This Parish Summary is an overview of the large amount of information held for the parish, and only selected examples of sites and finds in each period are given. It has been beyond the scope of the project to carry out detailed research into the historical background, documents, maps or other sources, but we hope that the Parish Summaries will encourage users to refer to the detailed records, and to consult the bibliographical sources referred to below. Feedback and any corrections are welcomed by email to firstname.lastname@example.org
Sprowston is situated just to the northeast of Norwich City, with which it shares its southern border. It is the largest parish in Norfolk, containing some 950 hectares, and has over 14,000 residents, making it the most populous parish in the Broadland local government district. The name ‘Sprowston’ derives from the Old English for Sprow’s settlement.
Unsurprisingly the parish contains a large number of residential properties, but some agricultural land survives in the north and east of the parish. Also to the north are the remains of Sprowston and Tolls Hill Woods, as well as the extensive landscape of Sprowston Hall Park. It is on this site that the earliest dated archaeological features have been recorded, comprising a prehistoric ditch and post hole (NHER 36799) excavated in conjunction with a variety of worked flint tools and some pottery sherds.
A number of other early objects have also been recovered, including prehistoric flints (NHER 37170, NHER 41872), a Mesolithic axehead (NHER 25453) and adze (NHER 8144), as well as a number of Neolithic axeheads (NHER 8157, NHER 14892, NHER 21482, NHER 25453). A Bronze Age cremation urn (NHER 8113) has also been recovered from this area, as well as two Early Bronze Age barbed and tanged flint arrowheads (NHER 8112, NHER 12768) and a flint dagger (NHER 14338).
As with many parishes, Iron Age material is scarce, however it is possible that the postulated Roman road from Brampton to Thorpe St Andrew (NHER 7598), which runs through Sprowston. Roman finds are also limited, and largely comprise coins (NHER 8114, NHER 33114, NHER 41872), although excitingly a late Roman military strap end (NHER 21358) has also been recovered. Three Saxon stirrup mounts have also been recovered (NHER 25895, NHER 33114, NHER 33928).
Although evidence of Saxon period structures is rare, soilmarks in the western corner of the parish indicate the possible presence of Early Saxon period grubenhauser (NHER 21127). Unfortunately the listing in the Domesday Book is brief, but the church of St Mary and St Margaret (NHER 8138) is known to have had an early medieval, or perhaps even Late Saxon round tower. The church itself is predominantly 14th century in date, with clerestory, chapel and some windows of the 15th century and major alterations under the prolific Norfolk architect Boardman during 1889 to 1890. However of particular interest are the remarkable tombs contained within the church, the earliest of which dates to 1559.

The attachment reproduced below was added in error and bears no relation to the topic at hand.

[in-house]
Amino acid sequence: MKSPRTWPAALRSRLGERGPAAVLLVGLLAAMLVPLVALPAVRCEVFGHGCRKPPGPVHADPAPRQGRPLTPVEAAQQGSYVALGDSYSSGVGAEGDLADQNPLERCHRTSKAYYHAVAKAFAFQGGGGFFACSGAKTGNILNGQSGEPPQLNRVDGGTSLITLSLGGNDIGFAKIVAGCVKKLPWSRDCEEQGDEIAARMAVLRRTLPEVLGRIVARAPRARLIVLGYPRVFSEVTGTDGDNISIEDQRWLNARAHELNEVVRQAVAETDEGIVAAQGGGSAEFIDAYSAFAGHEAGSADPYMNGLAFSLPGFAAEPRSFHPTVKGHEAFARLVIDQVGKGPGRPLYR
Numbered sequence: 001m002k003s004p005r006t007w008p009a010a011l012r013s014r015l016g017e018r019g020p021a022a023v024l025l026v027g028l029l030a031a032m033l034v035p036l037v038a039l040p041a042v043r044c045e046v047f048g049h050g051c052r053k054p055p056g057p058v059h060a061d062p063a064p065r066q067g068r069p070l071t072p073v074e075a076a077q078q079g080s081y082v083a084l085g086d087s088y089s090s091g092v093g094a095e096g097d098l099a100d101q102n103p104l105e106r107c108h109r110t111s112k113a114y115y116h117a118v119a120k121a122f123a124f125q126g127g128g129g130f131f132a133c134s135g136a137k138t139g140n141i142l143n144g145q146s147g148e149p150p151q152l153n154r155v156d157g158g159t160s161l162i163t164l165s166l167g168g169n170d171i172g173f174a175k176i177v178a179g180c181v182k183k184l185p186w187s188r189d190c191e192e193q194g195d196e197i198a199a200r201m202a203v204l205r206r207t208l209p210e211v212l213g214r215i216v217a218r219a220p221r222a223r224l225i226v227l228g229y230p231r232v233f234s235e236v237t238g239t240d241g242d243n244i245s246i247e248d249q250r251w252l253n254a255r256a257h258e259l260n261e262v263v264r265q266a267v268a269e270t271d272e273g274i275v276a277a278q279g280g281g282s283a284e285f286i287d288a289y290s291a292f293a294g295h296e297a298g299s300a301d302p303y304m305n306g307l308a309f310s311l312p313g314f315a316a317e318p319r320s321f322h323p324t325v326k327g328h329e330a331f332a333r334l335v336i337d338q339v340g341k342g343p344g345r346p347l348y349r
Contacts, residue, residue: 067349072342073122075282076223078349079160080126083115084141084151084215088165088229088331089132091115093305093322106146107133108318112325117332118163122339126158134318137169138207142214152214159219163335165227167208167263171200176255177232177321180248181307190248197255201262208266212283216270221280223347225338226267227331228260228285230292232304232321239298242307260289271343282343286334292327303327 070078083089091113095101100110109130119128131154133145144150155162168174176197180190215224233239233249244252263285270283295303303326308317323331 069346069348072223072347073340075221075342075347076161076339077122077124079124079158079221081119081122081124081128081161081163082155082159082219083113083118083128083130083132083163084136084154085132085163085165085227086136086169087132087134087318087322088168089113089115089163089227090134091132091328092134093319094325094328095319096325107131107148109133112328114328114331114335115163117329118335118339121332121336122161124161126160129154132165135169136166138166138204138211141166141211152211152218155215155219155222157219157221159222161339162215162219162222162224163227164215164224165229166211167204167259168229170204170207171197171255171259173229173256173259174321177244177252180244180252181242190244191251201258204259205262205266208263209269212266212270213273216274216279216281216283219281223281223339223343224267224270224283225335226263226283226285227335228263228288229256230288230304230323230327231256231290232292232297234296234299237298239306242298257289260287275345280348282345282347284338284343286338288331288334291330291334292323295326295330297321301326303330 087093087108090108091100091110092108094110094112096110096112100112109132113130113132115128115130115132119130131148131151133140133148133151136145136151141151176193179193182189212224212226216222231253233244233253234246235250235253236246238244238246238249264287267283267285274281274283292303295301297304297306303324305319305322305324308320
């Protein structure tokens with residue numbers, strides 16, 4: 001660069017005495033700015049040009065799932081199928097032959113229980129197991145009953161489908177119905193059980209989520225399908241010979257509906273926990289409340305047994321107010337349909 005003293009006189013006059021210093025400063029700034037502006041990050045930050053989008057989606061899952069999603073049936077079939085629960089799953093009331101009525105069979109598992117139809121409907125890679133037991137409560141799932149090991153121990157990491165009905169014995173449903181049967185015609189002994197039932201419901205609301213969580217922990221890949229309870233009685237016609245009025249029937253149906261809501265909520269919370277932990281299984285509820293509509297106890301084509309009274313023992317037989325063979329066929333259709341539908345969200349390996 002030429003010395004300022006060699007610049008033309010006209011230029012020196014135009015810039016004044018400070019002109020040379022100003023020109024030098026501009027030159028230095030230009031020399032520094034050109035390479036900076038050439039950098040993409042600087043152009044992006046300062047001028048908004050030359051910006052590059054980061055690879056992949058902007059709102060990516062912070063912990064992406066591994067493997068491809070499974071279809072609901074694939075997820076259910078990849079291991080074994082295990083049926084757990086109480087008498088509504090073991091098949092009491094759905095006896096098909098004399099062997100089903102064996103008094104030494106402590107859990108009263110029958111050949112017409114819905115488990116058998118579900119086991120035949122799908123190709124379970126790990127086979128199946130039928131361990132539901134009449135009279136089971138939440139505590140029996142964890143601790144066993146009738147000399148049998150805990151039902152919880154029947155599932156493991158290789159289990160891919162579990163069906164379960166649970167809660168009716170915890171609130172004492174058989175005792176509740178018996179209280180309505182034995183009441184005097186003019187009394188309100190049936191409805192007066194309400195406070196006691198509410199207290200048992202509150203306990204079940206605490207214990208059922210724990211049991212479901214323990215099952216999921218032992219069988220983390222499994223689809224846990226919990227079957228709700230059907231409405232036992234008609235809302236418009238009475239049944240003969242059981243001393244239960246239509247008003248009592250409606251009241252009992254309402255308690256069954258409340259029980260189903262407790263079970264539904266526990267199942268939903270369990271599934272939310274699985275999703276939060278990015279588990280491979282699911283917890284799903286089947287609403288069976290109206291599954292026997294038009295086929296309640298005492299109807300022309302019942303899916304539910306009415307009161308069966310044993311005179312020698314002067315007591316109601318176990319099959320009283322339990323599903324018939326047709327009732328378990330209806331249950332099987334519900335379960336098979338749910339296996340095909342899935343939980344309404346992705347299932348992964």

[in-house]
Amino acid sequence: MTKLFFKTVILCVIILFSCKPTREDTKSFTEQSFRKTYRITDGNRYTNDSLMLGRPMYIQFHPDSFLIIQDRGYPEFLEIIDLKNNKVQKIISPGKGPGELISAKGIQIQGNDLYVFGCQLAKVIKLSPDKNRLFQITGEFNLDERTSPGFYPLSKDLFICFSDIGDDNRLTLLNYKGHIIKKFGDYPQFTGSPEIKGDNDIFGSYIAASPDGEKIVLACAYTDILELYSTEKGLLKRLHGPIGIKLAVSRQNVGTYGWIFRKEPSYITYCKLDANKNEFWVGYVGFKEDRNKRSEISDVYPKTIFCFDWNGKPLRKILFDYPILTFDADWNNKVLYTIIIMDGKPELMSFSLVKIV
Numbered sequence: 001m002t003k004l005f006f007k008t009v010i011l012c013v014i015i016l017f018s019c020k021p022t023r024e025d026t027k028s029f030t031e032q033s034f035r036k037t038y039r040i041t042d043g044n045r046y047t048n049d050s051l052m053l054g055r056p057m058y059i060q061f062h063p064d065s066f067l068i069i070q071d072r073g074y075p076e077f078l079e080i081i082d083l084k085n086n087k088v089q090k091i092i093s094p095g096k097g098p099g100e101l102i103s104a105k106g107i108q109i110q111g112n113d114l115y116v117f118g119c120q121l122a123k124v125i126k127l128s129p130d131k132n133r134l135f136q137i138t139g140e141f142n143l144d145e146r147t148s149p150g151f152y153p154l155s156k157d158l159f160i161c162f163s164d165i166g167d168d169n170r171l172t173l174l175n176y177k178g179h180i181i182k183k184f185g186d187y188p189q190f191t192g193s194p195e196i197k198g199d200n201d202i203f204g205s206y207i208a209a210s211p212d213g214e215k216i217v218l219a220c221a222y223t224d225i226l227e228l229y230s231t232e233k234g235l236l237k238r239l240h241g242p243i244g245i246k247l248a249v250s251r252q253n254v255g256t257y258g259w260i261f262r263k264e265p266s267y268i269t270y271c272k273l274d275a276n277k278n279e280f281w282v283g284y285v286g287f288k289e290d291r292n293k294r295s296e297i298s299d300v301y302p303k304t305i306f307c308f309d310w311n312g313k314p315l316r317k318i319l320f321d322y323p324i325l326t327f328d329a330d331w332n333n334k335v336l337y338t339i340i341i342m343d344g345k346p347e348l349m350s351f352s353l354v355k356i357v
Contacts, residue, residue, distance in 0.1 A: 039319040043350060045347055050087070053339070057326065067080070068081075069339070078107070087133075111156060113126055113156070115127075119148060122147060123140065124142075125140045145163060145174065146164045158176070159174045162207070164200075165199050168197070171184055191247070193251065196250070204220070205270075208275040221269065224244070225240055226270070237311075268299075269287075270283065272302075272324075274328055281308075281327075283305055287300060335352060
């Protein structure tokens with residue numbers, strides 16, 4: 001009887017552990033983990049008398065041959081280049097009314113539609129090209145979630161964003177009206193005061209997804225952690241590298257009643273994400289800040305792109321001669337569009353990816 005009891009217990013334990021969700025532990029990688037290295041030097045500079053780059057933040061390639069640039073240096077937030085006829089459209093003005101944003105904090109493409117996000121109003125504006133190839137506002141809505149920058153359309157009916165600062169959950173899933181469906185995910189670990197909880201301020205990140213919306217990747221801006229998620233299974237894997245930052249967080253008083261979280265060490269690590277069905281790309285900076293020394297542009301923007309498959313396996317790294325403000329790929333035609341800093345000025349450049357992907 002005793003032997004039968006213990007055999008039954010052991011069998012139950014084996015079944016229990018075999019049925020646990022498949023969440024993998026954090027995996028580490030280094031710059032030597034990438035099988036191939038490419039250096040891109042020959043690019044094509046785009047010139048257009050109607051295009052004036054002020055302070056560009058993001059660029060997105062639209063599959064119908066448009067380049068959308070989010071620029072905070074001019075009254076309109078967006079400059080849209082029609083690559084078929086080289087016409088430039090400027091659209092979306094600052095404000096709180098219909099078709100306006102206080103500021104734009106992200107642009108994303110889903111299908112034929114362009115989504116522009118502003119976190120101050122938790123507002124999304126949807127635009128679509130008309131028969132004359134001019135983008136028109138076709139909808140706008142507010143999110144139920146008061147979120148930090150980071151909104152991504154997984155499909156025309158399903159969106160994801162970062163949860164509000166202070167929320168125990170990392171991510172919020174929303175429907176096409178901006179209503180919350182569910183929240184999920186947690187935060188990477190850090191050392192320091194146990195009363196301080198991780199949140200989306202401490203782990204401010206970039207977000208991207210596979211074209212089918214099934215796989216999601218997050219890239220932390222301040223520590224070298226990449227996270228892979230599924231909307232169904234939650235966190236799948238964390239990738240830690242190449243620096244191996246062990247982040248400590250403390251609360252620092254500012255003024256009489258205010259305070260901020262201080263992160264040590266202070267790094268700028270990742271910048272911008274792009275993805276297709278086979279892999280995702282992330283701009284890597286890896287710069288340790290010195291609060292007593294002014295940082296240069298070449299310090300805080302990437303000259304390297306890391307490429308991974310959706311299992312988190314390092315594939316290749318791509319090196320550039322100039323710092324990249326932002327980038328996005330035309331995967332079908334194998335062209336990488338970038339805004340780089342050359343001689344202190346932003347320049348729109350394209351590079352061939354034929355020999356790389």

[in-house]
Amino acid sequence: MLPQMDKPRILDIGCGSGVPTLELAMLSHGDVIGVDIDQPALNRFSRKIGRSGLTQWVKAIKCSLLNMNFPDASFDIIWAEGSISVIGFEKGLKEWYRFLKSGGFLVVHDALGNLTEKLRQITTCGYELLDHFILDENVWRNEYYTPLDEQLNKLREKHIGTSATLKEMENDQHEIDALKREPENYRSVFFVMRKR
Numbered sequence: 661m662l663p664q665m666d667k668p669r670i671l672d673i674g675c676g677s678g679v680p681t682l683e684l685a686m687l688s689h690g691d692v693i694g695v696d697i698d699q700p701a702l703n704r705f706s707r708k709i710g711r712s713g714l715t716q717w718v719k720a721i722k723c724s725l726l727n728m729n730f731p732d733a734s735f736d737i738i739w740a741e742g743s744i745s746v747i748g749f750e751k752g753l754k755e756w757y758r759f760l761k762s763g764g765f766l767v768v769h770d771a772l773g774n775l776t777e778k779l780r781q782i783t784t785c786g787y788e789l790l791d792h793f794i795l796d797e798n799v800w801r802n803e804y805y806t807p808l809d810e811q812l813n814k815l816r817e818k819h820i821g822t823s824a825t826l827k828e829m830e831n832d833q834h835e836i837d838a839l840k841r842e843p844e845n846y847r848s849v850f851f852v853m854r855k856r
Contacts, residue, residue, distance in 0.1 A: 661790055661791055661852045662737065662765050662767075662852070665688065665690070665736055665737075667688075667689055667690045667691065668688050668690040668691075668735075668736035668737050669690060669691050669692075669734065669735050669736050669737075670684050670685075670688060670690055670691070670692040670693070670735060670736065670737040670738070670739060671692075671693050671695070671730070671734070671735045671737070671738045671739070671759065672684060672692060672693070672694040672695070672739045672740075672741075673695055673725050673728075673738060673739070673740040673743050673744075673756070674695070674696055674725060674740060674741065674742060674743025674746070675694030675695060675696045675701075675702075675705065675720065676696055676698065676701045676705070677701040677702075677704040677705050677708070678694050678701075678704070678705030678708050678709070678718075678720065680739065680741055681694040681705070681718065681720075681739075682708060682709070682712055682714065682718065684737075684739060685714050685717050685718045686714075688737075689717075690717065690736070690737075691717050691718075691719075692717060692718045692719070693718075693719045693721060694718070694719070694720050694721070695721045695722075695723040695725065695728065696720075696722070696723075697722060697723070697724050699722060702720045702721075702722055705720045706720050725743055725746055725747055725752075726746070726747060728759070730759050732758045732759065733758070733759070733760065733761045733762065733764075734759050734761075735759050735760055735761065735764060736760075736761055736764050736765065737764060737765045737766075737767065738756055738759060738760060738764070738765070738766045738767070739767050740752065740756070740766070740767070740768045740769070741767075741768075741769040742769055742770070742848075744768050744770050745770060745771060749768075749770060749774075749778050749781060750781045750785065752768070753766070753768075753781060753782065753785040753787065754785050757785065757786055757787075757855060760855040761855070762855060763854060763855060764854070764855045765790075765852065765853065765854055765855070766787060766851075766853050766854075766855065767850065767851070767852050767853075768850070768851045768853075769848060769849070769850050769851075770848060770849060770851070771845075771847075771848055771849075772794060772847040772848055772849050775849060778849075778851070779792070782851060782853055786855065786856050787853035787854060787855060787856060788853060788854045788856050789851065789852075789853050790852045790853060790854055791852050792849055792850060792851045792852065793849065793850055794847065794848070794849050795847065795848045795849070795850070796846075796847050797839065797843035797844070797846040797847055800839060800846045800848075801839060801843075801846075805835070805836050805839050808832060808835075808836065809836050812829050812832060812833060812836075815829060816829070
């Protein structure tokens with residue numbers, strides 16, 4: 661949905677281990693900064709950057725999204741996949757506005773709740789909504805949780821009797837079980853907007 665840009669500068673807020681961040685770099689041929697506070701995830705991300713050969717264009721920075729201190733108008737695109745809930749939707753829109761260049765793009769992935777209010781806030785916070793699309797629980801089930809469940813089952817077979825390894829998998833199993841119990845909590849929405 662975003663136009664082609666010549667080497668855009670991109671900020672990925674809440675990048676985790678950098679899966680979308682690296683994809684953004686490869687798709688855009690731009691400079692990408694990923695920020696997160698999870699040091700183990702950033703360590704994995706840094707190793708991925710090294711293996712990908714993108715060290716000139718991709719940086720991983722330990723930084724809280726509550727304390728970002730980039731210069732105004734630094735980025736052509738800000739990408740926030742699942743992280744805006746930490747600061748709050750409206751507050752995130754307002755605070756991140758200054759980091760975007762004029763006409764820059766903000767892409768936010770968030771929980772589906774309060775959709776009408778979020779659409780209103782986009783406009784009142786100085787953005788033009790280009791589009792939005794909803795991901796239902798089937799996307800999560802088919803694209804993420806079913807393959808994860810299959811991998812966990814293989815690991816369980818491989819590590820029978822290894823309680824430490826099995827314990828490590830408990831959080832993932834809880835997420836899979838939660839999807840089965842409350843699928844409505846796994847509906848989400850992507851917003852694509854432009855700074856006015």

The church dominates what we know of the medieval landscape of Sprowston, but documentary evidence indicates the presence of a number of medieval roads crossing the parish. These comprise Ravensgate Way (NHER 8127), which ran from Norwich to Rackheath, Horning Ferrry Way (NHER 8128), which appears to have had a similar route, and Ranworth Way (NHER 8166) which followed the parish boundary between Great and Little Plumstead, Rackheath, Sprowston and Thorpe St Andrew.
Sprowston Hall. Courtesy of Norfolk County Council Library and Information Service.
The most substantial building in the parish is Sprowston Hall (NHER 8159
), originally built in the 16th
century, but extensively rebuilt between 1872 and 1876. The house is of red brick, in two and three storeys, and was constructed on an ‘improved Elizabethan pattern’. Other buildings of interest include 18th
century Oak Lodge Farmhouse (NHER 46105
), and the Church of St Cuthbert (NHER 13441
), which was built in 1886 by A. R. G. Fleming and contains the original octagonal Perpendicular style font from Kempstone Church. The former site of Dove Yard brick works (NHER 12925), which had Hoffman kilns and remained active until 1937, has also been recorded.
Ruymps Brickworks, Sprowston. Courtesy of Norfolk County Council Library and Information Service.
From more recent history, Sprowston Court (NHER 35085
) is also of interest. Although this property has been subdivided, it was initially built as a single domicile in 1914, in a Georgian style of 1714 and using red, orange and black bricks which were specially made in Belgium. Even more recent is the Royal Observer Corps Headquarters building on Chartwell Road (NHER 26488
), which from 1961 to 1991 was the headquarters of fifty-five Royal Observer Corps Cold War underground monitoring posts in Norfolk, whose purpose was to monitor fall-out in the event of a nuclear strike. When sealed, this two-storey semi-sunken structure was designed to be self-sufficient for a week under fall-out conditions. It is now disused and hidden behind advertising hoardings, and sadly access to the site is discouraged.
Ruth Fillery-Travis (NLA), 3 May 2007.
Great Britain Historical GIS Project, 2004. ‘Relationships/unit history of SPROWSTON’. Available:
http://www.visionofbritain.org.uk/relationships.jsp?u_id=10212522. Accessed: 3 May 2007.
Morris, J. (General Editor), 1984. Domesday Book, 33 Norfolk, Part I and Part II (Chichester, Phillimore & Co)
Neville, J., 2004. ‘Sprowston postmill’. Available:
http://www.norfolkmills.co.uk/WindmillsN/sprowston-postmill.html. Accessed: 3 May 2007.
Pevsner, N. and Wilson, B., 1999. The Buildings of England, Norfolk 1: Norwich and North-East (London, Penguin)
Rye, J., 1991. A Popular Guide to Norfolk Place Names (Dereham, The Larks Press)
Wikipedia Authors, 16 February 2007. ‘Sprowston’. Available:
http://en.wikipedia.org/wiki/Sprowston. Accessed: 3 May 2007.